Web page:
Ron Schrimpf is a Professor of Electrical Engineering at Vanderbilt University, where his research activities focus on microelectronics and semiconductor devices. In particular, he has a very active research program dealing with the effects of radiation on semiconductor devices and integrated circuits. Ron also is the Director of Vanderbilt?s Institute for Space and Defense Electronics (ISDE). The engineering staff of ISDE performs design, analysis, and modeling work for a variety of space- and defense-oriented organizations, as well as commercial semiconductor companies. Ron received his BEE, MSEE, and Ph.D. degrees from the University of Minnesota in 1981, 1984, and 1986, respectively. He was at the University of Arizona from 1986-1996, where he served as a Professor of Electrical and Computer Engineering. Ron joined Vanderbilt in 1996 and was an Invited Professor at the University of Montpellier II, France, in 2000. He recently served as the Chairman of the IEEE NPSS Radiation Effects Steering Group. He is a Fellow of the IEEE, four-time winner of the Outstanding Paper Award at the IEEE Nuclear and Space Radiation Effects Conference, and he received the IEEE NPSS Early Achievement Award. Ron has authored or co-authored over 250 journal papers dealing with radiation effects and semiconductor devices.

Which Kind of Information Can Music Convey?

When : Thursday, February 28, 2008 - 15:30
Speaker : Prof Claudio Ambrosini
Where : Aula Magna A. Lepschy, DEI

Abstract :


Music is generally considered to convey emotional contents such as feelings, or to recollect events or to describe locations. When words are added to music other elements can be introduced as love or politics or religion.But can other forms of 'data' (such as space or time or movement information) be carried by music as a form of 'lateral' (rather than subliminal) message?Using extracts from his own compositions the author will give some hints of the possibility to create something like a 'secondary' or 'side-communication'.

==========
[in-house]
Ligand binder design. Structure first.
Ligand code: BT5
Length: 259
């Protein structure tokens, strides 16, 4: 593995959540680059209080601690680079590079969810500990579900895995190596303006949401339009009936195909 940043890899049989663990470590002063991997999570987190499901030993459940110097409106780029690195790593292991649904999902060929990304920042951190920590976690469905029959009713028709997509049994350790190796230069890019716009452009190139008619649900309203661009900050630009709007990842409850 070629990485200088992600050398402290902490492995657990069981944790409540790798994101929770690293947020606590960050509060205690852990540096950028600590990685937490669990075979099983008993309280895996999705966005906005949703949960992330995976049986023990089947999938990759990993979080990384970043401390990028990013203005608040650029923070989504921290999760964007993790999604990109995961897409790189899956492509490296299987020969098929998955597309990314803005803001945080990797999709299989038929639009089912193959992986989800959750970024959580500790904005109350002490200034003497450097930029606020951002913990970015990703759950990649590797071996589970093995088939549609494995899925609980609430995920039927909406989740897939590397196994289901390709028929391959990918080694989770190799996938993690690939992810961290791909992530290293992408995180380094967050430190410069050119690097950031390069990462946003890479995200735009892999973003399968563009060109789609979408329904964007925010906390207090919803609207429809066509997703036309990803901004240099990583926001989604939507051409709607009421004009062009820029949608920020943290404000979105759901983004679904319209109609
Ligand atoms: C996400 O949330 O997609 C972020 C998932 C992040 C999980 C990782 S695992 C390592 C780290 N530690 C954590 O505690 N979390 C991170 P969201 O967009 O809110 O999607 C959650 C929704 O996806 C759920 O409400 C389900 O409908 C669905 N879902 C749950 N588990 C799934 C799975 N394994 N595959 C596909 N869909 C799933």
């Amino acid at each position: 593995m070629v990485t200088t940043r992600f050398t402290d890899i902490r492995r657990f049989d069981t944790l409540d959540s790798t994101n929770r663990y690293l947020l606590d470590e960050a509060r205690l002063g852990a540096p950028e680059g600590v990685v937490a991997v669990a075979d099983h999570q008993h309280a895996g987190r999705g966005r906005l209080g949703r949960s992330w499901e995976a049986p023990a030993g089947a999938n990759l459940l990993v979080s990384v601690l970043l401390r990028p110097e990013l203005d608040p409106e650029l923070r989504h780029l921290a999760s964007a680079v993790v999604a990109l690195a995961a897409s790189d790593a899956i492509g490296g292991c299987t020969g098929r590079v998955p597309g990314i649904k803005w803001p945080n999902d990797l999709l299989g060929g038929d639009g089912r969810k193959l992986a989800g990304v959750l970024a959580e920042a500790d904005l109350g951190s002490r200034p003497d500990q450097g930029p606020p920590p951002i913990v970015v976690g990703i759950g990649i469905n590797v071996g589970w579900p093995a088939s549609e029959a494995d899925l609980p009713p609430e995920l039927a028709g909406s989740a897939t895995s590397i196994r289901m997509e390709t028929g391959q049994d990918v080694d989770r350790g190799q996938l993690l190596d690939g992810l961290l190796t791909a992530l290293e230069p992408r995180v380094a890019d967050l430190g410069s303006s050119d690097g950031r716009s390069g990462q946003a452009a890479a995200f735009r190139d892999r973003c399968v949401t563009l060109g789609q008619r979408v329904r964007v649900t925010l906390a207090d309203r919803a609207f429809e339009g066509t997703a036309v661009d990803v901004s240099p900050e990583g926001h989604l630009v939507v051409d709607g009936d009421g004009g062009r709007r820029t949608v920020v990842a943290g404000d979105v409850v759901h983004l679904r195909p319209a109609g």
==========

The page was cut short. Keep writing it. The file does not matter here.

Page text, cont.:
Claudio Ambrosini, born in Venice, studied Electronic Music and Ancient Instruments at Venice Conservatory. After finishing also his classical studies, he graduated at Venice (History of Music) and Milan (Linguistics) Universities. Important to his development were his meetings with Bruno Maderna and Luigi Nono.Ambrosini has composed vocal, instrumental, electronic works, oratorios, operas and ballets, all characterized by his extensive instrumental research and by his personal style. He also had many experiences in multimedia (video, photography, installations) in museums or art galleries.Ambrosini has received various prizes and has taken part in international festivals such as the Festival of Contemporary Music of the Venice Biennale; of that of Avignon, Strasbourg, Brussels, Helsinki, Huddersfield, Stockholm, Vancouver, Montreal, New York, Chicago, Los Angeles, Sidney, Ludwigsburg; as well as series of concerts at the IRCAM in Paris, at La Scala in Milan, at the Gulbenkian Foundation in Lisbon and the Gaudeamus in Amsterdam, at the Mozarteum in Salzburg, the Akademie der Kunste in Berlin, the Musical Autumn in Warsaw, the Maggio Musicale in Florence, the season of the Munich Philharmonic, Radio France's series 'Perspectives du XX siècle', GRAME etc.Ambrosini has received several commissions, principally from the Venice Biennale, the Italian Radio (RAI), the West German Radio (WDR), the French Ministry of Culture, the Festival of Nations, L'Itineraire, Milano Musica and several other and institutions and theatres, like La Fenice.His music has been conducted, among the others, by Riccardo Muti, Lev Markiz, D. Masson, P. Mefano, G. Nowak, Robert HP Platz, Y. Prin, Stefan A. Reck, Ed Spanjaard, John Störgards, Pierre-André Valade.In 1976 Ambrosini began to take an interest in computer music at the Padua Center for Computational Sonology (CSC). He also collaborated with Luciano Berio's Tempo Reale Institute.Since 1979 Ambrosini has led the Ex Novo Ensemble and since 1983 also the CIRS, International Center for Instrumental Research, both of which he founded in Venice.In 1985 Ambrosini was the first Italian composer to receive the Prix de Rome from France and to stay at the Villa Medici, the French Academy in Rome. In the same year he was chosen to represent Italy over the European Year of Music. In 1986 he was chosen to represent Italy at the UNESCO Paris Rostrum.In 2007 he was awarded the Golden Lion for Music at the Venice Biennale.